publisher colophon

23. Seal of Dulcie of the Portali

+ S : DVLCIE : DE PORTALI

Dimensions: 27 mm. Matrix.

Location: Municipal Archives, Narbonne.

Bibliography: Longpérier, 1872a, 1873; Emery, 1959, p. 18; Goodenough, 1954, 4:127; Goldman, 1966.

This seal is related in iconography and name to Nos. 21 and 22. The letters are engraved around a portal to a castle, with what seems a portcullis above.* Within the doorway can be seen the front part of a bull, which somewhat resembles the man-headed bull shown on the famous tetradrachm (an ancient silver coin worth four drachms) from Gela, Sicily, dated in the fifth century B.C. Since the name, in armes parlantes fashion, seems to refer to the portal, and not to a place name, I have translated, as in the two earlier seals, “of the Portali” rather than “of Portali.”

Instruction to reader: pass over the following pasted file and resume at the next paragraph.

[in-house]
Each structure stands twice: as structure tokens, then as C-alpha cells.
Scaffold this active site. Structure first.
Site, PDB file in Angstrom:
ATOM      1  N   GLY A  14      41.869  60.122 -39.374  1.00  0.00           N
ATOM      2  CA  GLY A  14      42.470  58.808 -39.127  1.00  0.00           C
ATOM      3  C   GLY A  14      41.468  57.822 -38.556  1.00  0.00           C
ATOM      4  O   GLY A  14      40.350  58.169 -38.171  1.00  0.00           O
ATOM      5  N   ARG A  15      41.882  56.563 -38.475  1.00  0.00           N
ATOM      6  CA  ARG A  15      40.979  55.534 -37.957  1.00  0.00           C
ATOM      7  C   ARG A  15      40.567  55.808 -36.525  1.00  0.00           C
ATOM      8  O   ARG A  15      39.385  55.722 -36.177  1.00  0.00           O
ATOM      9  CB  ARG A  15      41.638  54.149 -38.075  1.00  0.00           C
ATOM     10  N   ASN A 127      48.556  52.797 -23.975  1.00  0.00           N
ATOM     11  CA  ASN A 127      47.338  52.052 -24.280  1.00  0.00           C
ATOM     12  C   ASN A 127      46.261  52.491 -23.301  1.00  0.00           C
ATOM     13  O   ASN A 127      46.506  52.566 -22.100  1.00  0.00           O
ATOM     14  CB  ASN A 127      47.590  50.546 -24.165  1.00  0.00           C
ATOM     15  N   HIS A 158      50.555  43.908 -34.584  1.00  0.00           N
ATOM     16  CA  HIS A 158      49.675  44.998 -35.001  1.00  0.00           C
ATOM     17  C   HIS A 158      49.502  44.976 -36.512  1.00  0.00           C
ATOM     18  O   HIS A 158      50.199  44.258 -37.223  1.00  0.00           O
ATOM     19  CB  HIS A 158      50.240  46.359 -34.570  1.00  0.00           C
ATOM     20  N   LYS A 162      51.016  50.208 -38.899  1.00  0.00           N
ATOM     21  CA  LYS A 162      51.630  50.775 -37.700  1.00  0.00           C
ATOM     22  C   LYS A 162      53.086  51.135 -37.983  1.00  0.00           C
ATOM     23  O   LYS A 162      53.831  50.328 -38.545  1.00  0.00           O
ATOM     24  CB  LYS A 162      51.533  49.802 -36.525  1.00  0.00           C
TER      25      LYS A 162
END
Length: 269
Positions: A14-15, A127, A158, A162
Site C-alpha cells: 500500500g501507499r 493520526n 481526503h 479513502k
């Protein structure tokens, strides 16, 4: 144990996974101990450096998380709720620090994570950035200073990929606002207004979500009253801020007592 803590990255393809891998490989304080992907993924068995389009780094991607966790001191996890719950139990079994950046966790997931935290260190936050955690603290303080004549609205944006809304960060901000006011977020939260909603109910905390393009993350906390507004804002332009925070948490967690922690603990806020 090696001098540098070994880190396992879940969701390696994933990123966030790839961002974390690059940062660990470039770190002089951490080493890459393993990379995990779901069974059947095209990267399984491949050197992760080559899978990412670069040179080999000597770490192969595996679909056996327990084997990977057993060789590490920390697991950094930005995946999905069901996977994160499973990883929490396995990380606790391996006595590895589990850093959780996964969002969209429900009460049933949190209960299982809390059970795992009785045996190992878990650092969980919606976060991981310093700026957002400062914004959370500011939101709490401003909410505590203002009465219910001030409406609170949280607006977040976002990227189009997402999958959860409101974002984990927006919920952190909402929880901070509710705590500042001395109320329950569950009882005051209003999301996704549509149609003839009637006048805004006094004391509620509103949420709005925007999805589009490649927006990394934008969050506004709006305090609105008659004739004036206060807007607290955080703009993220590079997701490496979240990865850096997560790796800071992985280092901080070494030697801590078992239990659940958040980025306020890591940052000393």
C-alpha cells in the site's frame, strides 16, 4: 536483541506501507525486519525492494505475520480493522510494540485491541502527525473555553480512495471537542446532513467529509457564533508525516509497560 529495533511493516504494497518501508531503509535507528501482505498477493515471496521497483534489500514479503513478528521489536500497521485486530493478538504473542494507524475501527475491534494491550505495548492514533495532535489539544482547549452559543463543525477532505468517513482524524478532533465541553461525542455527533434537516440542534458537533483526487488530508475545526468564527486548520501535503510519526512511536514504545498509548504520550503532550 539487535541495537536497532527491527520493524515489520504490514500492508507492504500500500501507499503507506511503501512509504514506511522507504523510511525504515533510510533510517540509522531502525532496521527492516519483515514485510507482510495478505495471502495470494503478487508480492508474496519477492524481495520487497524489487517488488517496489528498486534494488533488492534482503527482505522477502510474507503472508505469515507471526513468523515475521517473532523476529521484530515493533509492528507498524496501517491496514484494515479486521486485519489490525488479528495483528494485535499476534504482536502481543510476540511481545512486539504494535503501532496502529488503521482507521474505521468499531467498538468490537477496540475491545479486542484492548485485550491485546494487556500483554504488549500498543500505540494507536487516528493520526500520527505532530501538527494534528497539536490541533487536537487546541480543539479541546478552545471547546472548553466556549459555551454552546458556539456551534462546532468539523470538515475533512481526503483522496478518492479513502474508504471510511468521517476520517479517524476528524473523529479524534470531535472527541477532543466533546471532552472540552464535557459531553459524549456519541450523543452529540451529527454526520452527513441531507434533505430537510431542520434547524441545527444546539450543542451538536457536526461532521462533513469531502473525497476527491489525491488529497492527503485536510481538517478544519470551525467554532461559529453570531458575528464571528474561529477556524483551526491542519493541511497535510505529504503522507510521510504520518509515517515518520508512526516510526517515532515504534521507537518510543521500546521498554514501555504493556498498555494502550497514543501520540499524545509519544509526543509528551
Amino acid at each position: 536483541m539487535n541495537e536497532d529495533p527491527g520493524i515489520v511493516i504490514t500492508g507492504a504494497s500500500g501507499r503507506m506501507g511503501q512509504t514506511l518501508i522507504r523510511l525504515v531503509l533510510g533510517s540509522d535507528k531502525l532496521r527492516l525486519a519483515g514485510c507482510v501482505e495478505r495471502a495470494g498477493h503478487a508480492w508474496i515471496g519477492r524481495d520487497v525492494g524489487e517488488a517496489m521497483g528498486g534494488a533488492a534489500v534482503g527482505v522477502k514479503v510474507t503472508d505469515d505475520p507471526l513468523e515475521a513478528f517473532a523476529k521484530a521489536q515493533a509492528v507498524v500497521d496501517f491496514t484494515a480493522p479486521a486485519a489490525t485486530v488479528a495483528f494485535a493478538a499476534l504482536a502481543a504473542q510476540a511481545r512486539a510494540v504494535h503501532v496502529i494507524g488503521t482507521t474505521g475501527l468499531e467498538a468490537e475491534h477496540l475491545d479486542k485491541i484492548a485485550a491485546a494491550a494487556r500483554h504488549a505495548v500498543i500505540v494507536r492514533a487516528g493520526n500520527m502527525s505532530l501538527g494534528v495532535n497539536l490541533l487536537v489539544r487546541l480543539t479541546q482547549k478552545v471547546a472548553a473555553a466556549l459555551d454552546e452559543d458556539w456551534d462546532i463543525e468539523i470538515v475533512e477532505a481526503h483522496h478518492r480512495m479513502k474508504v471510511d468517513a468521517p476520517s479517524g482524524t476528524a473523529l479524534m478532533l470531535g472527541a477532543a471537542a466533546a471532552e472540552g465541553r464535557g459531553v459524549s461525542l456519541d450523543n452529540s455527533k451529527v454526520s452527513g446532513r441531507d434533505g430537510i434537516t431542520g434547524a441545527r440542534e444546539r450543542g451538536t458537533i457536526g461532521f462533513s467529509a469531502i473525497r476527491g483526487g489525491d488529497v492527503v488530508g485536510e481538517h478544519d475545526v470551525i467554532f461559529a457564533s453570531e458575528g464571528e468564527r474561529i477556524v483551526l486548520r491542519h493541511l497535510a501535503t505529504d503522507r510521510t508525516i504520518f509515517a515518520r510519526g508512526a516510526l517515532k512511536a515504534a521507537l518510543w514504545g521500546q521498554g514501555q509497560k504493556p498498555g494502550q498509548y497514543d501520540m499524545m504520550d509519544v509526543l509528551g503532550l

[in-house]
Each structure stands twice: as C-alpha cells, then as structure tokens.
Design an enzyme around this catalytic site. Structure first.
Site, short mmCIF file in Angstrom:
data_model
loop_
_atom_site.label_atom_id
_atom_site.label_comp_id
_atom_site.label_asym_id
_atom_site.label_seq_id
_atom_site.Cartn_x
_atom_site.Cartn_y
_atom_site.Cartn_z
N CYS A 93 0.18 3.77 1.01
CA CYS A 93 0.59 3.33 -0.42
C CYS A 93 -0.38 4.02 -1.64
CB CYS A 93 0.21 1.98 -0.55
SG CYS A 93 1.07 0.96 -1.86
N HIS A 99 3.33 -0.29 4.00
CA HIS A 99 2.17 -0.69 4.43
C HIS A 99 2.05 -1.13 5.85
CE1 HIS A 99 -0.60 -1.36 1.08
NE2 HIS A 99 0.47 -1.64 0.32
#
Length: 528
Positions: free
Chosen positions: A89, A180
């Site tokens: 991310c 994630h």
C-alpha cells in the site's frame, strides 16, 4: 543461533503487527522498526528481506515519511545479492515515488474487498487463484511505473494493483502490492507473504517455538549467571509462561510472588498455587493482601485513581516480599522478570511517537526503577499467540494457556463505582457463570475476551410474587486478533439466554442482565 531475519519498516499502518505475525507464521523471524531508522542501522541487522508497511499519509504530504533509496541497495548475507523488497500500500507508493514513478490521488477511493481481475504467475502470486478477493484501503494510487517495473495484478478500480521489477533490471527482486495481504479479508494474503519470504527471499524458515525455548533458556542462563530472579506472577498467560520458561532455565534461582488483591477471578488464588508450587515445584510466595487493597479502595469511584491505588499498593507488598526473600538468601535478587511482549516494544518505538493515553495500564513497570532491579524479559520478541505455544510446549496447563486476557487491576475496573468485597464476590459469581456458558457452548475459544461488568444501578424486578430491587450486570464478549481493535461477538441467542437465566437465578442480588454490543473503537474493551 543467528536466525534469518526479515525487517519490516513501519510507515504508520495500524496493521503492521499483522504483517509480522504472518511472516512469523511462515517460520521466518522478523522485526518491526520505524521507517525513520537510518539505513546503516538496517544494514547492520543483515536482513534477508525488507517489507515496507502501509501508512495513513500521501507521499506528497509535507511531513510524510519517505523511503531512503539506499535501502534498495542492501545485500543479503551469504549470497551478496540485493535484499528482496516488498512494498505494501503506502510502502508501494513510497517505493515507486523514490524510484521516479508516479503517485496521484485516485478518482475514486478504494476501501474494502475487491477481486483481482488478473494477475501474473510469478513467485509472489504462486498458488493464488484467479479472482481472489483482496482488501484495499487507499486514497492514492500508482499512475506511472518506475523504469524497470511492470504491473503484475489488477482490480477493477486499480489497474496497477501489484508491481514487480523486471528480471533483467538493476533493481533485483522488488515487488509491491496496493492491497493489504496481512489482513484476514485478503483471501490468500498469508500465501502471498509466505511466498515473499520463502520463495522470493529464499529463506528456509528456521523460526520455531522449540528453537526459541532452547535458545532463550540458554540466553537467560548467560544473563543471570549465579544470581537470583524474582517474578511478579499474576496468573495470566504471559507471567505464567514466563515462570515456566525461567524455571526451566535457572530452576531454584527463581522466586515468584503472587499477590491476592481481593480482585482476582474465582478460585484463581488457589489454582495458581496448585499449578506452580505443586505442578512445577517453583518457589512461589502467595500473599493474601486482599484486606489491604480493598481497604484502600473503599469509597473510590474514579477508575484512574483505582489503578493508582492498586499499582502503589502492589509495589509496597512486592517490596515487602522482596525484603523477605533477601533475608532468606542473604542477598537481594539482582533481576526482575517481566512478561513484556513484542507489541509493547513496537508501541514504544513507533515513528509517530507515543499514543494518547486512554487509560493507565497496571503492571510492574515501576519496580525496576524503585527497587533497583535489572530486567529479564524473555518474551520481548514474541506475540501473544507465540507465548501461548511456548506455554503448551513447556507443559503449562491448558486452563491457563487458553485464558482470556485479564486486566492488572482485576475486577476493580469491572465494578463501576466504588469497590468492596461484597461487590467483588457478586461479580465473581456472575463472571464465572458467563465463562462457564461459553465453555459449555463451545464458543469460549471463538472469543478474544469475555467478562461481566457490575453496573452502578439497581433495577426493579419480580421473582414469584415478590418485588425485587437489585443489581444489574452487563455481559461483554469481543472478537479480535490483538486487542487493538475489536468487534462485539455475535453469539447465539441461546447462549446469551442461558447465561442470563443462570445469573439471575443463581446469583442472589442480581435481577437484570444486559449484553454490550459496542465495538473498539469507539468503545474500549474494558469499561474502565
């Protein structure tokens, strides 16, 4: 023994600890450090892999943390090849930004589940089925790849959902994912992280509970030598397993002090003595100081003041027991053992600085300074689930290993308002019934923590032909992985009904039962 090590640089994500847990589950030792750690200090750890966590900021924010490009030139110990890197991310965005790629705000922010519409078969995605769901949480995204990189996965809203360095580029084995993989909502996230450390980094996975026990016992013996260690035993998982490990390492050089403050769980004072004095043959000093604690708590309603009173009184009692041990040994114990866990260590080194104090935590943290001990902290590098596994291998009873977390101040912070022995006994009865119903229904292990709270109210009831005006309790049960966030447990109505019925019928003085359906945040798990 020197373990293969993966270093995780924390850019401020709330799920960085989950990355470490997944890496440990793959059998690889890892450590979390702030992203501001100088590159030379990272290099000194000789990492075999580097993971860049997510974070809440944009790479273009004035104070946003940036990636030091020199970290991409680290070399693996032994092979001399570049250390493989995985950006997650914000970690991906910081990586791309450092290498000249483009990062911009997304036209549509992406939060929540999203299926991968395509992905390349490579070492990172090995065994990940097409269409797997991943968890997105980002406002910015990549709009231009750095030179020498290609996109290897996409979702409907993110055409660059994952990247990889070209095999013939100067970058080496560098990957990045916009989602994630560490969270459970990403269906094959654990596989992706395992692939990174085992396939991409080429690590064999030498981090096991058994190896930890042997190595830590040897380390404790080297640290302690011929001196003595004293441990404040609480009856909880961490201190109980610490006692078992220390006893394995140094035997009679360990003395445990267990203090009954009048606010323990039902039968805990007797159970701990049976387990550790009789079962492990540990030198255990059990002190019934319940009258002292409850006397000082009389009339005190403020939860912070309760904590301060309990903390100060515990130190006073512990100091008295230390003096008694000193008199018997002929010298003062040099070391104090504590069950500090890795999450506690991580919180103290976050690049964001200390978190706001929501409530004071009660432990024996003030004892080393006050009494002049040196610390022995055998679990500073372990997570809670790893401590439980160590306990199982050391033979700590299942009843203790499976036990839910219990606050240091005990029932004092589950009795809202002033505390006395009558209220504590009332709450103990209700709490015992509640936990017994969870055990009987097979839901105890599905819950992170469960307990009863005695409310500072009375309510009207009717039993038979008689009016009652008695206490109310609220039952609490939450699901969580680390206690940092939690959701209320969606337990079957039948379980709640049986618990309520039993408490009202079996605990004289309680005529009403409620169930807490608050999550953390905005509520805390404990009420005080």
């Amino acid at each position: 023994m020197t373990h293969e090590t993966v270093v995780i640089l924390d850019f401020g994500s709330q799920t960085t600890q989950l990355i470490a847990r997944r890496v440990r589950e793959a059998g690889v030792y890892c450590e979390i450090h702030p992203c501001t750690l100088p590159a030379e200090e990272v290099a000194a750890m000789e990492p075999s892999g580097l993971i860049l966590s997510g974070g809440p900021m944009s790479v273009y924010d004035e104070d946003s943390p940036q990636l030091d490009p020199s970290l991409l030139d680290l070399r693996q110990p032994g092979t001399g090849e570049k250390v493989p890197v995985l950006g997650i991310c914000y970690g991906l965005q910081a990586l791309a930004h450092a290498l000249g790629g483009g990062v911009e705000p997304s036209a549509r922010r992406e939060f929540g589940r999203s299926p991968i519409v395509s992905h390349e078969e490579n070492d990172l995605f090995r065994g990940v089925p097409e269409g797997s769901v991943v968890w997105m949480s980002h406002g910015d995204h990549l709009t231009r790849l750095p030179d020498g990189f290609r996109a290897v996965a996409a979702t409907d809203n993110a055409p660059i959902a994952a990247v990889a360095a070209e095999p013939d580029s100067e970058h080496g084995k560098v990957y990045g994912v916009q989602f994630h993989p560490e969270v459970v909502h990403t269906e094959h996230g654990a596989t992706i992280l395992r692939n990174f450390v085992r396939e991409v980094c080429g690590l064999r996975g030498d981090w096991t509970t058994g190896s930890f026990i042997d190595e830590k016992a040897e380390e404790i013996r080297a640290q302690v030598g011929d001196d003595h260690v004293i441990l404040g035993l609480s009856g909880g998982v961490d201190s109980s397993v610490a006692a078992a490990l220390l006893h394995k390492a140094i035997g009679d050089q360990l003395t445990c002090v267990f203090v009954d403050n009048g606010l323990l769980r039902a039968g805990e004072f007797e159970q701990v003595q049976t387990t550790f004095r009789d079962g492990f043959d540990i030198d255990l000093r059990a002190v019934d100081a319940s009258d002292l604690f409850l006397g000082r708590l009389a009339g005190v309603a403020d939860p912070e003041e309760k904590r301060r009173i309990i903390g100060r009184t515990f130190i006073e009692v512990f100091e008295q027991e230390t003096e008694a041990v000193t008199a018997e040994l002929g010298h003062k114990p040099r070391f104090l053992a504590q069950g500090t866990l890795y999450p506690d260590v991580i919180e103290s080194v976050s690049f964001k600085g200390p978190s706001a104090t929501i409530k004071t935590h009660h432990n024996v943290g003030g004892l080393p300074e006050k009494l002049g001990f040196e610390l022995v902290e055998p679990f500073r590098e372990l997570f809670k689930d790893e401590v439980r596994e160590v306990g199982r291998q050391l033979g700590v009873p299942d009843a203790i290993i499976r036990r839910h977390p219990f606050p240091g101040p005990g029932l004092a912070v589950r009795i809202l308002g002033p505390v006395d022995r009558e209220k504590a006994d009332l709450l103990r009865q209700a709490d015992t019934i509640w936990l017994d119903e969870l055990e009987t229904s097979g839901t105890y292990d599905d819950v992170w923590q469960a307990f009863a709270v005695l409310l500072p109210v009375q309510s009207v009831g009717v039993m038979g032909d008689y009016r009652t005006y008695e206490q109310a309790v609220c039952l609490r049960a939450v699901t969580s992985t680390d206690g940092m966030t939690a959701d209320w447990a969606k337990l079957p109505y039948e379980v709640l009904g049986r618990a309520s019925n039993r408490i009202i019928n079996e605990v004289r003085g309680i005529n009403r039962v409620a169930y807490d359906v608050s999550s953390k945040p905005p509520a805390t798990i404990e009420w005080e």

Given the cross which begins the inscription and the lack of Hebrew letters, one cannot be certain (even though the authority is Adrien de Longpérier) that this seal belonged to a Jewess. As Henri Gross and Gustave Saige have pointed out, variant spellings of Portal were common among both Christians and Jews. Yet Richard Emery, as mentioned in No. 22, refers to a Salamon Sullam de Porta, an important Jew of Perpignan, and states that he “married (probably not long before 1273, for his wife’s brothers were still minors in 1278) Dulcia, daughter of Jucef de Elna, a Perpignan Jew.” If this woman, as a widow, took a seal—and there are several known cases where Jewesses did so in order to continue the family business—her name would be inscribed “Dulcia de Porta.” Furthermore, since her father’s name was Joseph, the use of the bull as part of the image makes sense and adds credence to the assumption that this is a Jewish seal because it is difficult to believe that anyone not versed in Old Testament Jewish tradition would know that the bull is Joseph’s symbol.